The Texas Rangers have begun to play really well of late, pulling themselves into playoff contention from the depths of early season struggles. One boon to the Rangers play this season has been the pitching of starter Nick Martinez. This past Tuesday, Martinez pitched six shutout innings against the Oakland Athletics, allowing one hit while walking three and striking out just as many. Overall, Martinez has enjoyed a fair amount of success this year when compared to his rookie campaign, owning an ERA drop of almost two full runs from 2014 to 2015.
Although Martinez has a 4.20 FIP and even more regression-suggestive 4.82 xFIP, its obvious Martinez is doing something better this season, or at least different. It’s clear that Martinez has changed a few things up, and is pitching different than before. But what’s so different? The answer lies in the right-hander’s release point, and some of the changes that have come with it.
In fact it appears Martinez, who was drafted as an infielder by the Rangers in the 18th round of the 2011 draft, has found a release point that works. According to Brooks Baseball—which can only be accurately described as the tool baseball researchers use to part the Red Sea of raw data Moses-style—Martinez has actually shifted his release point around a half inch. And, as these charts show, it’s a shift away from his body for all of his pitches from 2014 to 2015. However, a shift in release point isn’t necessarily a bad thing.
When pitchers drop their release points you will typically see is less velocity, more movement. This is the case with Martinez. In essence, Martinez—or possibly pitching coach Mike Maddux—realized he could be more effective by trading off velocity for movement. And, so far, that has been true.
But it’s not as if Martinez is trading of 5-10 mph of velocity. The reasoning behind that is that his new release point isn’t really as much of a drop as it is an attempt to get more outside the ball. On average, each of his pitches—with the exception of his slider—are only down by about 1 mph. And with this decrease in velocity Martinez is now getting better movement on his pitches, specifically vertical movement. This movement has been leading to much more groundballs, typically a good thing for pitchers.[table "” not found /]
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However, there is one pitch in particular that has excelled as a result of Martinez’s new release point—his slider. Let’s first take a look at how his sliders’ usage has changed.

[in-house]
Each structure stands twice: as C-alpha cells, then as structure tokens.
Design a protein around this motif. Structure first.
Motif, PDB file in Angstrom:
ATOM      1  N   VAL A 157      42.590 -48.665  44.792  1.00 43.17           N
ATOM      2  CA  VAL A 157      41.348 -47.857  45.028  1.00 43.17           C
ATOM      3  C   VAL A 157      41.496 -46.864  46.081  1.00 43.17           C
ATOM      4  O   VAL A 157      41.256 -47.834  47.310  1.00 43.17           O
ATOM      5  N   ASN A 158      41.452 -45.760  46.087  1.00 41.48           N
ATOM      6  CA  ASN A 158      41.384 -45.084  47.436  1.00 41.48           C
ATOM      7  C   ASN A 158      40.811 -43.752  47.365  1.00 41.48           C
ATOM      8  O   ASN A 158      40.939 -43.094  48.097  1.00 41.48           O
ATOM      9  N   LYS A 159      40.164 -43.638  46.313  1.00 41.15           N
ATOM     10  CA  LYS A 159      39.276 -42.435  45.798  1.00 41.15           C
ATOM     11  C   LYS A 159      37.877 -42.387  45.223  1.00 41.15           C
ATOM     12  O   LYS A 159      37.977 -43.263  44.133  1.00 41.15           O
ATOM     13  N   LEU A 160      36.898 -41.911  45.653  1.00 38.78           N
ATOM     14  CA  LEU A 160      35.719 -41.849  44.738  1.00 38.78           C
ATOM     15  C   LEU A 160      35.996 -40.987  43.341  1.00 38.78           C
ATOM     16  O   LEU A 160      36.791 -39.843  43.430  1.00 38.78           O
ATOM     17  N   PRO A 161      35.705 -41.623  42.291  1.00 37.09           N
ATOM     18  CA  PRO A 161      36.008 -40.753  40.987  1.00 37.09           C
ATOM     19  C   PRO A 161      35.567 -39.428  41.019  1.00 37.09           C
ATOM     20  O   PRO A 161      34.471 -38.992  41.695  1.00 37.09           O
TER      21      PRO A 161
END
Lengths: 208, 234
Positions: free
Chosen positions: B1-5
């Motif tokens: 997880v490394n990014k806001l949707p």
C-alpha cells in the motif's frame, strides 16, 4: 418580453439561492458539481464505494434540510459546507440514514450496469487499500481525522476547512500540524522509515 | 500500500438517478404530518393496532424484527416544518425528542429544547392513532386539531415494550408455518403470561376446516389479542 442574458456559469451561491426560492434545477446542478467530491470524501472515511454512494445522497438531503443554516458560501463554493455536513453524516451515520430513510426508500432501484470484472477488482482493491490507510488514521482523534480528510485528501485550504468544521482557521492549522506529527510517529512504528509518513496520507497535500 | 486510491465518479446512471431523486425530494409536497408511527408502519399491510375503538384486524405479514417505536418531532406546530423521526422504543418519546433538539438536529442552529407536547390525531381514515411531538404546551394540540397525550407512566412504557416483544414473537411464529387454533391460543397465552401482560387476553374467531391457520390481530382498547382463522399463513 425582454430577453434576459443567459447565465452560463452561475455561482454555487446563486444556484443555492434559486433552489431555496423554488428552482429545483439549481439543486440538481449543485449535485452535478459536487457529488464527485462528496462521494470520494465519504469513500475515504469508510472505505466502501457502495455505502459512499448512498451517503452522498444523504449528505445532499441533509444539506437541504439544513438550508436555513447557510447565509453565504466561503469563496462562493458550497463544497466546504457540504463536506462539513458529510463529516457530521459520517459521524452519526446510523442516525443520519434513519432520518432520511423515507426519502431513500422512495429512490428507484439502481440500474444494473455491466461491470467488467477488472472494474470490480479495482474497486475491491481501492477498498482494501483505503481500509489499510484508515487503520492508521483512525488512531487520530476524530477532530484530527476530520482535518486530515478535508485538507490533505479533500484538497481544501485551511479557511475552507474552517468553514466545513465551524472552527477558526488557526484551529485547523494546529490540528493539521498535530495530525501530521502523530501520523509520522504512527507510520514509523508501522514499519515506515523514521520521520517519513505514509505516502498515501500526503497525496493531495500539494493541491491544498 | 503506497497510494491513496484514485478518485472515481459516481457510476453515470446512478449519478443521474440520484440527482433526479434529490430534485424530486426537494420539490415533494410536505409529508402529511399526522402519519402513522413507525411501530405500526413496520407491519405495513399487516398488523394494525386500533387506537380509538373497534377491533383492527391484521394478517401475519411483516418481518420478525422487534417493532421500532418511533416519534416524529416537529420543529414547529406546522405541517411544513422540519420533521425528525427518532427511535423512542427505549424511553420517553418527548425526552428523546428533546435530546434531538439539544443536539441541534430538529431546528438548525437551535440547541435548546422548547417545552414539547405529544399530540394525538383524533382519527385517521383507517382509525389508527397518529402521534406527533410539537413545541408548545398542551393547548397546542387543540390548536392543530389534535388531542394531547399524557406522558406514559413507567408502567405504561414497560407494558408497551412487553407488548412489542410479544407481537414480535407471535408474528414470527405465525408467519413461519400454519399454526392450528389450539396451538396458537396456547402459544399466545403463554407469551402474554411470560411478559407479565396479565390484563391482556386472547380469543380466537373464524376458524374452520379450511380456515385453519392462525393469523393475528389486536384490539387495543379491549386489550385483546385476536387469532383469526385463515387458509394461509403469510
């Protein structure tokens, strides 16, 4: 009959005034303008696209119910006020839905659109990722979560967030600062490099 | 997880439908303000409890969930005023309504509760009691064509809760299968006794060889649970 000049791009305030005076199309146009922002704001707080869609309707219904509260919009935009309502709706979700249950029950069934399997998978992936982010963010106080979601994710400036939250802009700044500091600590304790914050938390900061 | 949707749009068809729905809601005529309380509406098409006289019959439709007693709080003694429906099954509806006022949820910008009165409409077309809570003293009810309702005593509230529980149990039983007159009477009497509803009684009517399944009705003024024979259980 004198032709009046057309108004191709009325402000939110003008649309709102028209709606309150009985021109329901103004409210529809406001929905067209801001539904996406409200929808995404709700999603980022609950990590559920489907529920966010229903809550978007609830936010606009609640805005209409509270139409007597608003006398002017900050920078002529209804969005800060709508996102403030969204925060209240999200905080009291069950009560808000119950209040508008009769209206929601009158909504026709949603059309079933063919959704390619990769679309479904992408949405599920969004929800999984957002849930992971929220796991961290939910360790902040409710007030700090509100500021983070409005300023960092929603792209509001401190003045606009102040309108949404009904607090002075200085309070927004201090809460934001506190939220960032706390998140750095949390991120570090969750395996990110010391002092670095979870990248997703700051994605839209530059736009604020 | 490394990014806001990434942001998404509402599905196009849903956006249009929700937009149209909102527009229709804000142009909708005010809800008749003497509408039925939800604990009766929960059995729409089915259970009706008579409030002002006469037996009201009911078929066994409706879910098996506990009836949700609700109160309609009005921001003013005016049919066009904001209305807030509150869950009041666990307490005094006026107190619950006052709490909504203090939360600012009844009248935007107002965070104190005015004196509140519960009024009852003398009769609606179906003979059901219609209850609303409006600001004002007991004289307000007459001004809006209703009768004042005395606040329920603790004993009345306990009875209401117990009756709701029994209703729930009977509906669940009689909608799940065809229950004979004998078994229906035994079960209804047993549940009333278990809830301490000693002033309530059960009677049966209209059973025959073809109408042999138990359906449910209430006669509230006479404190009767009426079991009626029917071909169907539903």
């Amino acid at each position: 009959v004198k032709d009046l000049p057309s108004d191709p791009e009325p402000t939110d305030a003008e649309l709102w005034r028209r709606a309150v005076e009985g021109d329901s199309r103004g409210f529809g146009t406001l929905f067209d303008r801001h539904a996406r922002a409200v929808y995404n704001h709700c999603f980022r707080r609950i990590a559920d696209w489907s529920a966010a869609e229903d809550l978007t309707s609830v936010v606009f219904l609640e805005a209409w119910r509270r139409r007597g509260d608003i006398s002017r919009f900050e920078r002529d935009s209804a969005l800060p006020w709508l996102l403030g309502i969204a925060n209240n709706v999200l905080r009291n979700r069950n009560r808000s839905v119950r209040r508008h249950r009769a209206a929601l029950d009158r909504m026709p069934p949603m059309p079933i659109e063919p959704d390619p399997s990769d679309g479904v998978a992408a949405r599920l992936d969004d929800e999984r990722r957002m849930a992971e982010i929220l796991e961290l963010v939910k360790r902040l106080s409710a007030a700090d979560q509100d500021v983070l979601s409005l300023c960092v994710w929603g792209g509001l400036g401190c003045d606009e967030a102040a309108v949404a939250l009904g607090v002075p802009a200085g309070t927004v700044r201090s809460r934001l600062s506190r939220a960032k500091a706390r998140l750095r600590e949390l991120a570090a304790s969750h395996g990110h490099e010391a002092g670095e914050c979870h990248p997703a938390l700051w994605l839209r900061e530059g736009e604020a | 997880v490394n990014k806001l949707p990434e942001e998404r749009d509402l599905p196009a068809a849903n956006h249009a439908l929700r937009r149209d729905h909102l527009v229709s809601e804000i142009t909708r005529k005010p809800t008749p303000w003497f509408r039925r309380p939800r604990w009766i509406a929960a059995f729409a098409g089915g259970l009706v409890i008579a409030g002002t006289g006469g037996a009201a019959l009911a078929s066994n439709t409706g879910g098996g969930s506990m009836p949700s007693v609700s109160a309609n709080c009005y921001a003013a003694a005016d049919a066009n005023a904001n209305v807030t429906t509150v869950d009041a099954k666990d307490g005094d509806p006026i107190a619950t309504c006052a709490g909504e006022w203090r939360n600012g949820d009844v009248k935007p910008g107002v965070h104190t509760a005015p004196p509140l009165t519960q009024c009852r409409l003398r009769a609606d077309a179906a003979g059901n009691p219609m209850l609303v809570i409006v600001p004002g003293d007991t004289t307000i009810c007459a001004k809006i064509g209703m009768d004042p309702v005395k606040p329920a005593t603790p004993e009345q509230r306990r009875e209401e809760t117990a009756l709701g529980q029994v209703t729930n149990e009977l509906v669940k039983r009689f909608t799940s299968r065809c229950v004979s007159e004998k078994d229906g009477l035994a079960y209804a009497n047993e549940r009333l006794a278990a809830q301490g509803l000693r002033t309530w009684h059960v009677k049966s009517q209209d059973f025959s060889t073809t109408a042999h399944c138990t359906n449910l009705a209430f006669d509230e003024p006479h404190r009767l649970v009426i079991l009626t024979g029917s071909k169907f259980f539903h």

Last season, Martinez pitched almost exclusively with his fourseam fastball—using it 61.93% of the time. Combine that with the fact that the righty’s next most-frequently visited pitches were his slider—coming in at a whopping 14.89%—and his change-up—which was used 10.84% of the time—and you come to one conclusion. Martinez appeared to have really lacked confidence in a secondary pitch last season. He dabbled with a couple, but ultimately he came out of the gate as a fastball pitcher in his rookie campaign.
Which, don’t get me wrong, can work for some. But the amount of guys that last without the use of a solid secondary pitch as starters is probably as close to abysmal as you can get.
And let’s not forget, Martinez’s slider last season wasn’t an awful pitch. Opponents hit .263 off of it with a whiff/swing of around 35%, which is not terrible at all. However, the slider didn’t really get the chance to showcase itself with such a relatively little usage.
Here’s how Martinez’s slider usage—and repertoire in general—looked in 2014 according to Brooks Baseball:
And here’s how it looks thus far in 2015:
As you can see, Martinez uses his slider primarily against right-handed batters. Actually, he’s even begun to use it almost exactly as much as he uses his fastball against righties. As for left-handed batters, we are beginning to see the youngster use it as an out pitch more than any of his other secondary pitches—a sign he is gaining confidence in it.
But what’s the cause for the sudden uptick in usage? Although it’s only around an 8% increase, the higher usage of sliders points to an improvement on the pitch itself—which comes from the lowered release point.
As I just mentioned before, Martinez’s slider was an exception to his overall moderate velocity drop. Actually, it’s not so much that it was an exception. Martinez’s slider excelled at dropping in velocity, leading to more overall movement. Down to an average velocity of 81.99 mph from 85.15 mph, Martinez was able to redirect the lost-velocity into an extra almost 2.50 inches of vertical movement. Basically, Martinez has transformed his slider into a faster curveball in terms of drop.
Here’s 2014 (top) compared to 2015 (bottom):